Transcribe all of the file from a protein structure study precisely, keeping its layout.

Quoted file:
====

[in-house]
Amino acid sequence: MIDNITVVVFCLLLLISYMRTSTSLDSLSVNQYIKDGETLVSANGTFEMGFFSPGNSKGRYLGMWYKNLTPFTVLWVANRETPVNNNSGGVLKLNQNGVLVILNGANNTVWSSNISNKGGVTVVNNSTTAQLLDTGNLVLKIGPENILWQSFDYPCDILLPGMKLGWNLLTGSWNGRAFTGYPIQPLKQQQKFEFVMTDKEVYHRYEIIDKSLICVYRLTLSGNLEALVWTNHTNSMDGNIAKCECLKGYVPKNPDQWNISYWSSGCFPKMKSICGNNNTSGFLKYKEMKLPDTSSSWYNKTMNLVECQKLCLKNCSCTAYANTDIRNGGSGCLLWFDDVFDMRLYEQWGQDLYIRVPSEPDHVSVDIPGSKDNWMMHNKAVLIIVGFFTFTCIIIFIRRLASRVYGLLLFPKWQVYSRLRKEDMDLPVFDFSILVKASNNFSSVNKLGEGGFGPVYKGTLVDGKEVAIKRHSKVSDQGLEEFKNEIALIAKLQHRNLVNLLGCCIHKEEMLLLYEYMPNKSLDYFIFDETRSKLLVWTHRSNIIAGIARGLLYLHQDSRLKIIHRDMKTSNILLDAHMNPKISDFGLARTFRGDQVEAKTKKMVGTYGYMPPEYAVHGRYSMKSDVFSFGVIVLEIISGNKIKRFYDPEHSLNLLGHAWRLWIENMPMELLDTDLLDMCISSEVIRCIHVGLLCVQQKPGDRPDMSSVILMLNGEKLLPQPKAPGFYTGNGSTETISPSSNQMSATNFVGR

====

[in-house]
Amino acid sequence: MIDNITVVVFCLLLLISYMRTSTSLDSLSVNQYIKDGETLVSANGTFEMGFFSPGNSKGRYLGMWYKNLTPFTVLWVANRETPVNNNSGGVLKLNQNGVLVILNGANNTVWSSNISNKGGVTVVNNSTTAQLLDTGNLVLKIGPENILWQSFDYPCDILLPGMKLGWNLLTGSWNGRAFTGYPIQPLKQQQKFEFVMTDKEVYHRYEIIDKSLICVYRLTLSGNLEALVWTNHTNSMDGNIAKCECLKGYVPKNPDQWNISYWSSGCFPKMKSICGNNNTSGFLKYKEMKLPDTSSSWYNKTMNLVECQKLCLKNCSCTAYANTDIRNGGSGCLLWFDDVFDMRLYEQWGQDLYIRVPSEPDHVSVDIPGSKDNWMMHNKAVLIIVGFFTFTCIIIFIRRLASRVYGLLLFPKWQVYSRLRKEDMDLPVFDFSILVKASNNFSSVNKLGEGGFGPVYKGTLVDGKEVAIKRHSKVSDQGLEEFKNEIALIAKLQHRNLVNLLGCCIHKEEMLLLYEYMPNKSLDYFIFDETRSKLLVWTHRSNIIAGIARGLLYLHQDSRLKIIHRDMKTSNILLDAHMNPKISDFGLARTFRGDQVEAKTKKMVGTYGYMPPEYAVHGRYSMKSDVFSFGVIVLEIISGNKIKRFYDPEHSLNLLGHAWRLWIENMPMELLDTDLLDMCISSEVIRCIHVGLLCVQQKPGDRPDMSSVILMLNGEKLLPQPKAPGFYTGNGSTETISPSSNQMSATNFVGR